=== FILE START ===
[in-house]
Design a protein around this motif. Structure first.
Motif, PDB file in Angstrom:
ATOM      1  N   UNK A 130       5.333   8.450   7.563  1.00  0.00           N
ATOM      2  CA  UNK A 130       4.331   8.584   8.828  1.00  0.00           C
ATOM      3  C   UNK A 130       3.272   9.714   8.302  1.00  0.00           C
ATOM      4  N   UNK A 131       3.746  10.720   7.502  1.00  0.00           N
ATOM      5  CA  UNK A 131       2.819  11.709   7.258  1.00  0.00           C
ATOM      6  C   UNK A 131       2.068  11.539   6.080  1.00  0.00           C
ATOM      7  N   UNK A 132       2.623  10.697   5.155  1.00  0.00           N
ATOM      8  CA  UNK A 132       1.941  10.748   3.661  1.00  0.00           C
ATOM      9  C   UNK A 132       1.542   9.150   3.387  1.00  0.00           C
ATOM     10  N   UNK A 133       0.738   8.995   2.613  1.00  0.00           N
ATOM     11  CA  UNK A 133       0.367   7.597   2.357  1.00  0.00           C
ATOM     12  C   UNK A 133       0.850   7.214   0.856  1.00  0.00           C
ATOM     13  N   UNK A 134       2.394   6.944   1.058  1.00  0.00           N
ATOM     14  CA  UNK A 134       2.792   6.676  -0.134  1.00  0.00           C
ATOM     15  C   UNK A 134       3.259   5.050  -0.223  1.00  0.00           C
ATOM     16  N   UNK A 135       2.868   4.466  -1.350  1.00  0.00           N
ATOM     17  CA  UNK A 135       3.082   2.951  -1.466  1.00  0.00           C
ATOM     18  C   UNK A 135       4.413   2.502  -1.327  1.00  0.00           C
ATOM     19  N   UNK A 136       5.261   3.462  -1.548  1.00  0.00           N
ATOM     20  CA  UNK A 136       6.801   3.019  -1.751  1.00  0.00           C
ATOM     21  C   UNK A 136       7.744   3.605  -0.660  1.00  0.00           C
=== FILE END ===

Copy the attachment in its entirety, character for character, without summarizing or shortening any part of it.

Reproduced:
[in-house]
Design a protein around this motif. Structure first.
Motif, PDB file in Angstrom:
ATOM      1  N   UNK A 130       5.333   8.450   7.563  1.00  0.00           N
ATOM      2  CA  UNK A 130       4.331   8.584   8.828  1.00  0.00           C
ATOM      3  C   UNK A 130       3.272   9.714   8.302  1.00  0.00           C
ATOM      4  N   UNK A 131       3.746  10.720   7.502  1.00  0.00           N
ATOM      5  CA  UNK A 131       2.819  11.709   7.258  1.00  0.00           C
ATOM      6  C   UNK A 131       2.068  11.539   6.080  1.00  0.00           C
ATOM      7  N   UNK A 132       2.623  10.697   5.155  1.00  0.00           N
ATOM      8  CA  UNK A 132       1.941  10.748   3.661  1.00  0.00           C
ATOM      9  C   UNK A 132       1.542   9.150   3.387  1.00  0.00           C
ATOM     10  N   UNK A 133       0.738   8.995   2.613  1.00  0.00           N
ATOM     11  CA  UNK A 133       0.367   7.597   2.357  1.00  0.00           C
ATOM     12  C   UNK A 133       0.850   7.214   0.856  1.00  0.00           C
ATOM     13  N   UNK A 134       2.394   6.944   1.058  1.00  0.00           N
ATOM     14  CA  UNK A 134       2.792   6.676  -0.134  1.00  0.00           C
ATOM     15  C   UNK A 134       3.259   5.050  -0.223  1.00  0.00           C
ATOM     16  N   UNK A 135       2.868   4.466  -1.350  1.00  0.00           N
ATOM     17  CA  UNK A 135       3.082   2.951  -1.466  1.00  0.00           C
ATOM     18  C   UNK A 135       4.413   2.502  -1.327  1.00  0.00           C
ATOM     19  N   UNK A 136       5.261   3.462  -1.548  1.00  0.00           N
ATOM     20  CA  UNK A 136       6.801   3.019  -1.751  1.00  0.00           C
ATOM     21  C   UNK A 136       7.744   3.605  -0.660  1.00  0.00           C